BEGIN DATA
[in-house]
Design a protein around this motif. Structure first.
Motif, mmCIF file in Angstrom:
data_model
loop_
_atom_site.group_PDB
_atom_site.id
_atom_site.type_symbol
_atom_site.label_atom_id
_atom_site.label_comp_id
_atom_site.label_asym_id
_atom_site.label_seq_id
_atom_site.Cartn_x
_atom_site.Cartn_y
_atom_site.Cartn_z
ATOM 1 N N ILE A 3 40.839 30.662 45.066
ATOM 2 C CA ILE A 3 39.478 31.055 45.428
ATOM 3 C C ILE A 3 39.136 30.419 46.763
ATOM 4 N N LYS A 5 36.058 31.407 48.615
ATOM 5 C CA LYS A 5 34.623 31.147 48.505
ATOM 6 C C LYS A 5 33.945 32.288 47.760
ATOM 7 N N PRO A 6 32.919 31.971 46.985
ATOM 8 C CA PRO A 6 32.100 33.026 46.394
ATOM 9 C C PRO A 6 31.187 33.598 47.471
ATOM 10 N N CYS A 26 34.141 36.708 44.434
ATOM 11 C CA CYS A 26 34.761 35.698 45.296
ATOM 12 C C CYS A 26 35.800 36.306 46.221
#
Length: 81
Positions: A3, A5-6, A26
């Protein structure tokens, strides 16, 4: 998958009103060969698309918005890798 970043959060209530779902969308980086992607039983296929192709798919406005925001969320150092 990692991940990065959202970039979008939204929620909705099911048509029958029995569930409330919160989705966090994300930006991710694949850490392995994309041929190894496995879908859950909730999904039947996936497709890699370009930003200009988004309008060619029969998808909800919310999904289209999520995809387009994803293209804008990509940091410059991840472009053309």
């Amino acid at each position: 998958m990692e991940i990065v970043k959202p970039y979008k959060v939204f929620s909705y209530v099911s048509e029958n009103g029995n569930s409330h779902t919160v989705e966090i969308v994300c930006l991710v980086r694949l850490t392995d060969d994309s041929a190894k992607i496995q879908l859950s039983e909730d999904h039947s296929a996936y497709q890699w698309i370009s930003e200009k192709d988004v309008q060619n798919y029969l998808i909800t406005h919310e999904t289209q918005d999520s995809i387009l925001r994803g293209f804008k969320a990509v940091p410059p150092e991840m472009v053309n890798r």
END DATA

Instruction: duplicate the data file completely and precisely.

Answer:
[in-house]
Design a protein around this motif. Structure first.
Motif, mmCIF file in Angstrom:
data_model
loop_
_atom_site.group_PDB
_atom_site.id
_atom_site.type_symbol
_atom_site.label_atom_id
_atom_site.label_comp_id
_atom_site.label_asym_id
_atom_site.label_seq_id
_atom_site.Cartn_x
_atom_site.Cartn_y
_atom_site.Cartn_z
ATOM 1 N N ILE A 3 40.839 30.662 45.066
ATOM 2 C CA ILE A 3 39.478 31.055 45.428
ATOM 3 C C ILE A 3 39.136 30.419 46.763
ATOM 4 N N LYS A 5 36.058 31.407 48.615
ATOM 5 C CA LYS A 5 34.623 31.147 48.505
ATOM 6 C C LYS A 5 33.945 32.288 47.760
ATOM 7 N N PRO A 6 32.919 31.971 46.985
ATOM 8 C CA PRO A 6 32.100 33.026 46.394
ATOM 9 C C PRO A 6 31.187 33.598 47.471
ATOM 10 N N CYS A 26 34.141 36.708 44.434
ATOM 11 C CA CYS A 26 34.761 35.698 45.296
ATOM 12 C C CYS A 26 35.800 36.306 46.221
#
Length: 81
Positions: A3, A5-6, A26
């Protein structure tokens, strides 16, 4: 998958009103060969698309918005890798 970043959060209530779902969308980086992607039983296929192709798919406005925001969320150092 990692991940990065959202970039979008939204929620909705099911048509029958029995569930409330919160989705966090994300930006991710694949850490392995994309041929190894496995879908859950909730999904039947996936497709890699370009930003200009988004309008060619029969998808909800919310999904289209999520995809387009994803293209804008990509940091410059991840472009053309």
């Amino acid at each position: 998958m990692e991940i990065v970043k959202p970039y979008k959060v939204f929620s909705y209530v099911s048509e029958n009103g029995n569930s409330h779902t919160v989705e966090i969308v994300c930006l991710v980086r694949l850490t392995d060969d994309s041929a190894k992607i496995q879908l859950s039983e909730d999904h039947s296929a996936y497709q890699w698309i370009s930003e200009k192709d988004v309008q060619n798919y029969l998808i909800t406005h919310e999904t289209q918005d999520s995809i387009l925001r994803g293209f804008k969320a990509v940091p410059p150092e991840m472009v053309n890798r």